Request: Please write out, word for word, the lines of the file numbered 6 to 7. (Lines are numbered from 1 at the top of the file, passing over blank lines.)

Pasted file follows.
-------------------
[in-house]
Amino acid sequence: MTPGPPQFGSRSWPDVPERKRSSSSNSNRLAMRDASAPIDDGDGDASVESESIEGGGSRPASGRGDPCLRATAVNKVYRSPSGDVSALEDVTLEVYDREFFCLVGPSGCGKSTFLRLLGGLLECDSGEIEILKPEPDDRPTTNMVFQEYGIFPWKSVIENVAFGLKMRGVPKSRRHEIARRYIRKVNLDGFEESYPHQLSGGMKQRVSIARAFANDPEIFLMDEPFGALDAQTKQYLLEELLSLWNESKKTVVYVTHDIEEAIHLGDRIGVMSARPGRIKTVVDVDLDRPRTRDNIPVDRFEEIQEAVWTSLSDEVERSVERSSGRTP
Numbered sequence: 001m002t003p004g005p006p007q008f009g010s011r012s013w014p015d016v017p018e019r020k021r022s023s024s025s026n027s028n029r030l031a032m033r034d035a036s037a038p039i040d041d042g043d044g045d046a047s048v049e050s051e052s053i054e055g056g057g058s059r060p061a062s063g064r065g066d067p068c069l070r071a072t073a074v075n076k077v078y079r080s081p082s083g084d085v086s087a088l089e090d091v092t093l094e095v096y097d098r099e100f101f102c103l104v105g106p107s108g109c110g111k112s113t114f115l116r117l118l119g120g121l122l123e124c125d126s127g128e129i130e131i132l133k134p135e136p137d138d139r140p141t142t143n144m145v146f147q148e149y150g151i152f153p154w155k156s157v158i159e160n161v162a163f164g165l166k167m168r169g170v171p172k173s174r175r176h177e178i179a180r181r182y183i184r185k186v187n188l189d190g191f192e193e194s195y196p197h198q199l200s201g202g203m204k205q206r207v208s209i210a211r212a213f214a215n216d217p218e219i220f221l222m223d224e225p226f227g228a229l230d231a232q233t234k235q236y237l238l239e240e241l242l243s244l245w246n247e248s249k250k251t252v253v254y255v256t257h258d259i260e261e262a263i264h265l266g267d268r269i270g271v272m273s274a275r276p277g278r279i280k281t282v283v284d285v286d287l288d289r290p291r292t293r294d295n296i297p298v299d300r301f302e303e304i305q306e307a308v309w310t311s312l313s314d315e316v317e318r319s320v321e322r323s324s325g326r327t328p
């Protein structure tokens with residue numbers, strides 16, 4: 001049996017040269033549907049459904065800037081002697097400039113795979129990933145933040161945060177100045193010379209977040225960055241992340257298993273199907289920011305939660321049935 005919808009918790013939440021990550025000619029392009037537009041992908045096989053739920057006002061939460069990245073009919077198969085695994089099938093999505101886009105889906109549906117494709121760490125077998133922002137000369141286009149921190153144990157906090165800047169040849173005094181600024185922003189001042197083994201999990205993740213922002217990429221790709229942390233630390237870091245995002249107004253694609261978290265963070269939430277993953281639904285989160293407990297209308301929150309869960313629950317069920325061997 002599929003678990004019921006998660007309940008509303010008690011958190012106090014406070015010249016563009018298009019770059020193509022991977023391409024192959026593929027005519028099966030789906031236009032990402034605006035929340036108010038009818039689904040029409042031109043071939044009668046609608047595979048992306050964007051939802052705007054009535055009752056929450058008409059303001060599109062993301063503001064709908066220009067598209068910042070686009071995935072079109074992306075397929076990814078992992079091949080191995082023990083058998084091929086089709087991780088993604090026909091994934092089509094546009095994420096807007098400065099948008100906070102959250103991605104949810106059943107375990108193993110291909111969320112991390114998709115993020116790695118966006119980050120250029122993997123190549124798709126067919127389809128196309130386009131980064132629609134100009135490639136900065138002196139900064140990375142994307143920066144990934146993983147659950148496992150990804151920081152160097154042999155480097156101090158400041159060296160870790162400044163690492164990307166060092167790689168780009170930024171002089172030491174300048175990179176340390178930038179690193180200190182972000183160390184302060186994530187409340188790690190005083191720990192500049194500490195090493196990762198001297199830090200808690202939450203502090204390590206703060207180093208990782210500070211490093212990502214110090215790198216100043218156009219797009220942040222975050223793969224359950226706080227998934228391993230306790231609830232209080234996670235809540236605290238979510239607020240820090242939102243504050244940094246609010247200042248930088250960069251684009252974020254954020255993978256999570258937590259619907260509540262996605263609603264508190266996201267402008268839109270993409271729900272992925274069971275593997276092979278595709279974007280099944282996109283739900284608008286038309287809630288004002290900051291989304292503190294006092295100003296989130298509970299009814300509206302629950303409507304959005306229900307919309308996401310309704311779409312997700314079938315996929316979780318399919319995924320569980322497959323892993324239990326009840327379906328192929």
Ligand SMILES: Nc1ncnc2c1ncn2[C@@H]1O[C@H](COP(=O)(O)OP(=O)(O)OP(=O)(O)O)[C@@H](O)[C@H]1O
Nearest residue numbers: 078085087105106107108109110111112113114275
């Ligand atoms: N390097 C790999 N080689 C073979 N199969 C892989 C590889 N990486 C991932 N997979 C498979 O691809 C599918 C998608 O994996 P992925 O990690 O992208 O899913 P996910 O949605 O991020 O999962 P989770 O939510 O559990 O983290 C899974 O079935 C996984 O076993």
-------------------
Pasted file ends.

Nearest residue numbers: 078085087105106107108109110111112113114275
């Ligand atoms: N390097 C790999 N080689 C073979 N199969 C892989 C590889 N990486 C991932 N997979 C498979 O691809 C599918 C998608 O994996 P992925 O990690 O992208 O899913 P996910 O949605 O991020 O999962 P989770 O939510 O559990 O983290 C899974 O079935 C996984 O076993």